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Reproducible Research: Tools and Strategies for Scientific Computing

Victoria Stodden, Columbia University

Pages: pp. 11-12

Abstract—The guest editor presents the articles for this special issue on reproducible research for scientific computing.

Keywords—Reproducible research, data and code disclosure, reproducibility, computational science and engineering, scientific computing

This special issue is comprised of articles contributed by participants in a workshop held in Vancouver in July 2011 called "Reproducible Research: Tools and Strategies for Scientific Computing." The workshop was co-organized by Randall J. LeVeque (the Founders' Term Professor of Applied Mathematics at the University of Washington), Ian M. Mitchell (an associate professor of computer science at the University of British Columbia), and myself. One of our aims was to improve the visibility of the nascent group of tool builders working to facilitate really reproducible research in computational science.

This special issue focuses on tools and strategies for reproducible computational science and includes seven articles, each describing software development efforts. It begins with an introductory article by the three workshop co-organizers motivating our goals for the workshop and its successes, and providing a context for the articles that follow.

Next, Juliana Freire and Claudio Silva describe VisTrails, software that supports the computational aspects of scientific discovery, publication, and review, and permits reuse of the software, data, and results. VisTrails manages provenance and workflow tracking from data acquisition to review and reuse of the published scholarship by other scientists.

Matan Gavish and David Donoho describe three dream applications that would be made feasible within a system of labeling and linking published computational results to the underlying code and data that produced them. The system they've developed, enabling verifiable computational results, affixes a hash to each published figure or table, permitting independent identification and search, thereby opening new avenues of research and enabling reproducible research through code and data sharing in the cloud.

Philip Guo introduces CDE, a Linux tool that discovers software dependencies used when producing computational results. These platform-specific dependencies are packaged such that they can be ported to an independent system and the results regenerated. This tool sidesteps the need to manually install libraries or configure software when replicating results, providing a lightweight alternative to virtual machines.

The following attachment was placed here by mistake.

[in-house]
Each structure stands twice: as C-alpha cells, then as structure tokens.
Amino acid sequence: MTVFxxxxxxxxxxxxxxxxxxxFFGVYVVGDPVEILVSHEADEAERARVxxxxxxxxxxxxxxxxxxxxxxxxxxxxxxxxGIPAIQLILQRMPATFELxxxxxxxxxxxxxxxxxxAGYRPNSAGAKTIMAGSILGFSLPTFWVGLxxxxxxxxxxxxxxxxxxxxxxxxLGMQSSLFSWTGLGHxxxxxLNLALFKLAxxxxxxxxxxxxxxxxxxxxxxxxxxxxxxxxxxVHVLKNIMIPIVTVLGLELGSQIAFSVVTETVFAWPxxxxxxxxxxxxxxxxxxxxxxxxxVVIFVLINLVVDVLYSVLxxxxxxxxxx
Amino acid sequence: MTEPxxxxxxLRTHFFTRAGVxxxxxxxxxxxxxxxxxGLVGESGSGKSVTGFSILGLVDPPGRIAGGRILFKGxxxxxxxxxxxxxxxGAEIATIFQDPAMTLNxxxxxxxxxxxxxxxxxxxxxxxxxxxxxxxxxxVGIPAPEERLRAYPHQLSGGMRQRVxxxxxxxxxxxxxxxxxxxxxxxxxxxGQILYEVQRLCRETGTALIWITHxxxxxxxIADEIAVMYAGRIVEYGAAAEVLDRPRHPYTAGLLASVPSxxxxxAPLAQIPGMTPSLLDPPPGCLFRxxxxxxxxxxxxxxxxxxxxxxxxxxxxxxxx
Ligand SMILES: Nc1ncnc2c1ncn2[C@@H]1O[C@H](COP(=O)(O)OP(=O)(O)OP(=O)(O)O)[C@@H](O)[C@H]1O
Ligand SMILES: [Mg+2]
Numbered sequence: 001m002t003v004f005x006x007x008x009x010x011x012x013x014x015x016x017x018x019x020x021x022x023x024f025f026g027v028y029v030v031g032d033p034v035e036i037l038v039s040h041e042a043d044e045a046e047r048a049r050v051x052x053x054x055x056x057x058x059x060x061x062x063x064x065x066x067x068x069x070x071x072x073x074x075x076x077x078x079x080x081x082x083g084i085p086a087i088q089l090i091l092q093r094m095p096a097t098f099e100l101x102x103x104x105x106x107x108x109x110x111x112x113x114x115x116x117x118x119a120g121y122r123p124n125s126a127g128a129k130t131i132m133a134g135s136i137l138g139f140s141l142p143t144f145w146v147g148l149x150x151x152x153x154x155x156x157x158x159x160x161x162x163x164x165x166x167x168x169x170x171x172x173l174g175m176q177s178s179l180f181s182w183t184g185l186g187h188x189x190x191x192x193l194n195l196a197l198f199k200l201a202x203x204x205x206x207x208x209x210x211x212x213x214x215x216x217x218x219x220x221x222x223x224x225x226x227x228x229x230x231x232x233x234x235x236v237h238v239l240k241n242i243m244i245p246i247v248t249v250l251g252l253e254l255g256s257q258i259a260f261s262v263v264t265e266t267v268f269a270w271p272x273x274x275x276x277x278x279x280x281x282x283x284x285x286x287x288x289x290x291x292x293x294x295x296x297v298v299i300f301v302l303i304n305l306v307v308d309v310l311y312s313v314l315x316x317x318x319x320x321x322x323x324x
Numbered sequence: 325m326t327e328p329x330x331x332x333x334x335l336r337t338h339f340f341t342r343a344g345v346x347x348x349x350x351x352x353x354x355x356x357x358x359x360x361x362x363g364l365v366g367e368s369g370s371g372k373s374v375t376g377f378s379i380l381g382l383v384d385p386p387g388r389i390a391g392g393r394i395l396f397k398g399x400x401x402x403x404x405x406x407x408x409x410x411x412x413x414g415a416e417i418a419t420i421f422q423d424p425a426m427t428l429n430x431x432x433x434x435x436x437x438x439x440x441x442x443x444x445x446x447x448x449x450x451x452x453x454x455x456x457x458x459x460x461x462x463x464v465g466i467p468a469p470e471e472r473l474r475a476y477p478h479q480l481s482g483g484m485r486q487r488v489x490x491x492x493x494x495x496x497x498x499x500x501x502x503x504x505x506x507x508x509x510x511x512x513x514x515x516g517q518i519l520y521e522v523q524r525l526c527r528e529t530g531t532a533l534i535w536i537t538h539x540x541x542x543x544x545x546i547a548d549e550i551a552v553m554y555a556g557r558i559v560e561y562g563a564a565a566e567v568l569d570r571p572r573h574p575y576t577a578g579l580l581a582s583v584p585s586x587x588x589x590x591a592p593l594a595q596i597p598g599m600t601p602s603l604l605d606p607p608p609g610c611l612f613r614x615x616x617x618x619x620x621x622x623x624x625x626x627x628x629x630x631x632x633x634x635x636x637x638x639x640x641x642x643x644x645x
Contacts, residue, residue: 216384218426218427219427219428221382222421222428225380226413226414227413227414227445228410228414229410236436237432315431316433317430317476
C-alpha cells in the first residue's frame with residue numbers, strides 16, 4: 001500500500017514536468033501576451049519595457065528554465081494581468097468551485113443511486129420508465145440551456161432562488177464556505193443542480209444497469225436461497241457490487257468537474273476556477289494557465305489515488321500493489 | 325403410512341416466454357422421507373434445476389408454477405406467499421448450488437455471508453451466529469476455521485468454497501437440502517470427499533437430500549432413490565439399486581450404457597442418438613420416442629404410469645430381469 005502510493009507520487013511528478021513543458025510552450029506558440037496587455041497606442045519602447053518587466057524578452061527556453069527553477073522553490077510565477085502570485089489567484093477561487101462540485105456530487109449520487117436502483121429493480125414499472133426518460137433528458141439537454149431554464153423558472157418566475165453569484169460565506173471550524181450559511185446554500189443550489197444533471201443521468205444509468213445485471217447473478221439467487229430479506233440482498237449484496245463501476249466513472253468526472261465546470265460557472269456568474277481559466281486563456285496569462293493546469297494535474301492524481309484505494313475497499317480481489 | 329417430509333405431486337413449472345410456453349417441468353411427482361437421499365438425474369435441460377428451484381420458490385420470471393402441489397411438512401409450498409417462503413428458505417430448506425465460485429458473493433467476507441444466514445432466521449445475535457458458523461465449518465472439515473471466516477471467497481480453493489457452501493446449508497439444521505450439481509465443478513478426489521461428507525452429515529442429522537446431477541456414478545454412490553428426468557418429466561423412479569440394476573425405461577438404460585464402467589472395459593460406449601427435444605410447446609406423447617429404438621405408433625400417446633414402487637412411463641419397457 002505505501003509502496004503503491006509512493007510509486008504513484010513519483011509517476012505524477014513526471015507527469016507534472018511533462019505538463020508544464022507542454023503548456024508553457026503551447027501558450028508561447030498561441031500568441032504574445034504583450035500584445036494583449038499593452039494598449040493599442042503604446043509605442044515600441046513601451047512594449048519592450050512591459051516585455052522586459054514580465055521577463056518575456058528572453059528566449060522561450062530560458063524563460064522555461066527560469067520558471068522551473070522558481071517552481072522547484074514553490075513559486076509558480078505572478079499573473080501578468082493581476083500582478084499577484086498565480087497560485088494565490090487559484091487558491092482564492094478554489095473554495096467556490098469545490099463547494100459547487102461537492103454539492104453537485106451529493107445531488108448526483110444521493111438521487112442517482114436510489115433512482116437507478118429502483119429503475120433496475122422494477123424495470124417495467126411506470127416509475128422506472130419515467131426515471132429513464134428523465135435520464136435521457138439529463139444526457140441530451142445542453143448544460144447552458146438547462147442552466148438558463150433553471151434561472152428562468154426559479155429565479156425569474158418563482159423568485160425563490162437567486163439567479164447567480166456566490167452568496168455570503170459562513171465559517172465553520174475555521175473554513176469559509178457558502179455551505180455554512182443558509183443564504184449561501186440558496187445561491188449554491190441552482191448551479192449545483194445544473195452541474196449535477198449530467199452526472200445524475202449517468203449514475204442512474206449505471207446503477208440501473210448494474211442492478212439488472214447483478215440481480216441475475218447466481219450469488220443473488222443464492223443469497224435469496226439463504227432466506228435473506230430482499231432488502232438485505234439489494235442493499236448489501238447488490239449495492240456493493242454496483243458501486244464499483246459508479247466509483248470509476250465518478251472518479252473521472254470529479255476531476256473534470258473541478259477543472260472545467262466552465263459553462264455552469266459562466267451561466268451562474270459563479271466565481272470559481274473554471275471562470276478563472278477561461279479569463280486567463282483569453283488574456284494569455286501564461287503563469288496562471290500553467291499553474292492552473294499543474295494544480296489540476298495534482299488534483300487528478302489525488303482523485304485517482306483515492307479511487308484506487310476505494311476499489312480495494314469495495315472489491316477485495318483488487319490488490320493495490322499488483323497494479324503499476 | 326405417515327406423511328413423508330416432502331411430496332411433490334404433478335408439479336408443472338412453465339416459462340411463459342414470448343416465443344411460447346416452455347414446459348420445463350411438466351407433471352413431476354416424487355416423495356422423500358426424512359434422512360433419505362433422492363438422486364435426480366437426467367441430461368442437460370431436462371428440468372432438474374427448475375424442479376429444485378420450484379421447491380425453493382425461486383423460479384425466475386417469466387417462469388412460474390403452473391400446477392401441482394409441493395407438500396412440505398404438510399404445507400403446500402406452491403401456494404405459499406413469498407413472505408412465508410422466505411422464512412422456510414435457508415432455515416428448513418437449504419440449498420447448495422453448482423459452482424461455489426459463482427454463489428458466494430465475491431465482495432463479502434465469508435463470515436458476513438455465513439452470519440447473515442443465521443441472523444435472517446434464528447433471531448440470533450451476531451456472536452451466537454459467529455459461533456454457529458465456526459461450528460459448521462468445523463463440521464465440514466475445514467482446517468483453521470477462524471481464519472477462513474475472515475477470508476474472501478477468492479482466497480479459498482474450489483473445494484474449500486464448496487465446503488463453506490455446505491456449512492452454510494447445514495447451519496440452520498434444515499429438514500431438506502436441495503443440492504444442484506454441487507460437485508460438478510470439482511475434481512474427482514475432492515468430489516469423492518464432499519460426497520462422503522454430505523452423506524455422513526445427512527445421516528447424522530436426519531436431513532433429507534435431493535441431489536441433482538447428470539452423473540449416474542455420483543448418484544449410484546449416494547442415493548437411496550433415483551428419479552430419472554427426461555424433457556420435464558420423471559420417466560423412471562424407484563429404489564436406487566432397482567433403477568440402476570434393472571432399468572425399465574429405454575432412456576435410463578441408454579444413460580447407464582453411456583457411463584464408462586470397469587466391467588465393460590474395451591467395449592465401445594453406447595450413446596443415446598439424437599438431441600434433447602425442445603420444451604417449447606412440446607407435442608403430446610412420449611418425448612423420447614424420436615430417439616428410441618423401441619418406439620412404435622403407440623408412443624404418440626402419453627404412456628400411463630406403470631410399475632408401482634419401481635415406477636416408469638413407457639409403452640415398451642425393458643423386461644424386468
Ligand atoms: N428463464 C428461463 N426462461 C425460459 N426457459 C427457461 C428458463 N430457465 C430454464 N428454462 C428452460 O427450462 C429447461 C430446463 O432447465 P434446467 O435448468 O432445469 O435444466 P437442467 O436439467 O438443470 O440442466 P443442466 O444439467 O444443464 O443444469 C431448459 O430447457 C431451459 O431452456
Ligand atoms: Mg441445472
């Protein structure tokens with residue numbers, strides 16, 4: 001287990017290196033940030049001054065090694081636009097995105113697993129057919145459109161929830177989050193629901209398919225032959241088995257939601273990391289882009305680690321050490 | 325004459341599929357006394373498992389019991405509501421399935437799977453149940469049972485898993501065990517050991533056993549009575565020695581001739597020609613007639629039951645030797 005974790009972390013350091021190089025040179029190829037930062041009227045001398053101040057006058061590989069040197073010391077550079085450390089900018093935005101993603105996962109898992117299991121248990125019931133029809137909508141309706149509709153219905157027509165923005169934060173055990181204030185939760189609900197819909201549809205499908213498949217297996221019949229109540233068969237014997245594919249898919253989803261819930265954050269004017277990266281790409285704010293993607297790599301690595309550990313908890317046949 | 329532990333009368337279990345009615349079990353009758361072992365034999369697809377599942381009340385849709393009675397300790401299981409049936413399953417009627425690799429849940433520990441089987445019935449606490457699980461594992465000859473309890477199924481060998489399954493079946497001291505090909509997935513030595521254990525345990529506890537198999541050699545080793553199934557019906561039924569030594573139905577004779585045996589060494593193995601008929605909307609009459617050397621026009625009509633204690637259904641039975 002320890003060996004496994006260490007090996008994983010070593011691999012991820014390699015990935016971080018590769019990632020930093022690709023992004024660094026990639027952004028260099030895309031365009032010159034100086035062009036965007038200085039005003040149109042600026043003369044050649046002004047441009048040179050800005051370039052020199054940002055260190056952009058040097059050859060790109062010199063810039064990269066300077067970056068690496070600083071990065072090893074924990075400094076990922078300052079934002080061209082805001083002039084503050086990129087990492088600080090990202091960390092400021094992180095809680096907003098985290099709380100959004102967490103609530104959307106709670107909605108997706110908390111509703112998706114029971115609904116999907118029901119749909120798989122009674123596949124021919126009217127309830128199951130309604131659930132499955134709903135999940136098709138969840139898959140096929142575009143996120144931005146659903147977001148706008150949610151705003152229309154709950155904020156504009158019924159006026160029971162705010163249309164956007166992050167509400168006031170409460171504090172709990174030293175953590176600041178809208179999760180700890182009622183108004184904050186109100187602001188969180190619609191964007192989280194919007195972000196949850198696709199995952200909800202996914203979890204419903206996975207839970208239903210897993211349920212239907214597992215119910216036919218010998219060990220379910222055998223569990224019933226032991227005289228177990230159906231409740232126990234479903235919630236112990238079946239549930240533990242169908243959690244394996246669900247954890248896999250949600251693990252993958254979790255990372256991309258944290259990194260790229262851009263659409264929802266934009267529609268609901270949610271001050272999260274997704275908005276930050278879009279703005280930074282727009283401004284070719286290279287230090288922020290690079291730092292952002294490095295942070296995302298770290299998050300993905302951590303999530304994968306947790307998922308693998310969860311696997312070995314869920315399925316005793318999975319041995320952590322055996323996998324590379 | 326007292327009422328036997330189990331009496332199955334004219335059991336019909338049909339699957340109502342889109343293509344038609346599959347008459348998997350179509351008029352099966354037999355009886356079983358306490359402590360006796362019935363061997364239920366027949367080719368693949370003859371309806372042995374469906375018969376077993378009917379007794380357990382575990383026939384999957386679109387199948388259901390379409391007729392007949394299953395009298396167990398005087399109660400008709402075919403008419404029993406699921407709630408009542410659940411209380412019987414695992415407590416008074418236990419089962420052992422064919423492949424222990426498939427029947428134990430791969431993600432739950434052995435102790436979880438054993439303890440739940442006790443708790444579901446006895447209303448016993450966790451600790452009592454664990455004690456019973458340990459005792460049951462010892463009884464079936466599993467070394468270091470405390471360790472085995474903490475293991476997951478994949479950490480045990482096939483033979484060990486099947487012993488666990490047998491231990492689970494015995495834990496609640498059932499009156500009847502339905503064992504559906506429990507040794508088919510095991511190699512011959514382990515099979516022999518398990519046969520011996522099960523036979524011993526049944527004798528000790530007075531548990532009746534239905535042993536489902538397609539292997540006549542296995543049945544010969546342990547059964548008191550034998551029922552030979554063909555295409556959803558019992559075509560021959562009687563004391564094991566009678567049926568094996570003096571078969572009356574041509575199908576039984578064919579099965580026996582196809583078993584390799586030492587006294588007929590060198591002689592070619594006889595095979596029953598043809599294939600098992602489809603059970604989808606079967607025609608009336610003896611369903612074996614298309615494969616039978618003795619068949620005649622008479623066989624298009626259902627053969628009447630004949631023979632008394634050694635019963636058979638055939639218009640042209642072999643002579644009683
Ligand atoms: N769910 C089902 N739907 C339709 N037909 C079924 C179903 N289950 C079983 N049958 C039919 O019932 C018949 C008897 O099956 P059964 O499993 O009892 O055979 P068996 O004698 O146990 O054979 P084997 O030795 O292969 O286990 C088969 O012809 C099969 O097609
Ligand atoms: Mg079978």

Bill Howe addresses the role of cloud computing in enabling reproducibility in computational research. Creating a virtual machine for complex computing environments hosted in the cloud, making it publicly available, and providing a link in the associated published paper, permits the independent re-execution of experiments. He analyzes the costs and benefits of such an approach and provides numerous examples of challenges faced.

Patrick Vandewalle provides a perspective on citation, one of the traditional rewards for publication. He analyzes citation trajectories for published articles in several signal processing journals and finds that those for which the underlying code is available are more likely to be cited.

Finally, Andrew Davison builds on the notion of reproducibility from first principles, considers appropriate features to be implemented in software used toward scientific ends, and provides a toolset for the automated capture of computational details, called Sumatra, designed to incorporate reproducibility into the day-to-day computational life of a scientist. He also gives a detailed treatment of best practices to simplify reproducibility.

These articles represent groundbreaking efforts in software development and tool building that facilitate really reproducible computational research and help to lay a framework for future progress. I hope you enjoy this special issue.

About the Authors

Victoria Stodden is an assistant professor of statistics at Columbia University. Her current research focuses on how pervasive and large-scale computation is changing our practice of the scientific method—in particular, regarding the reproducibility of computational results and the role of legal framing for scientific advancement. Stodden has a PhD in statistics from Stanford University. Contact her at;
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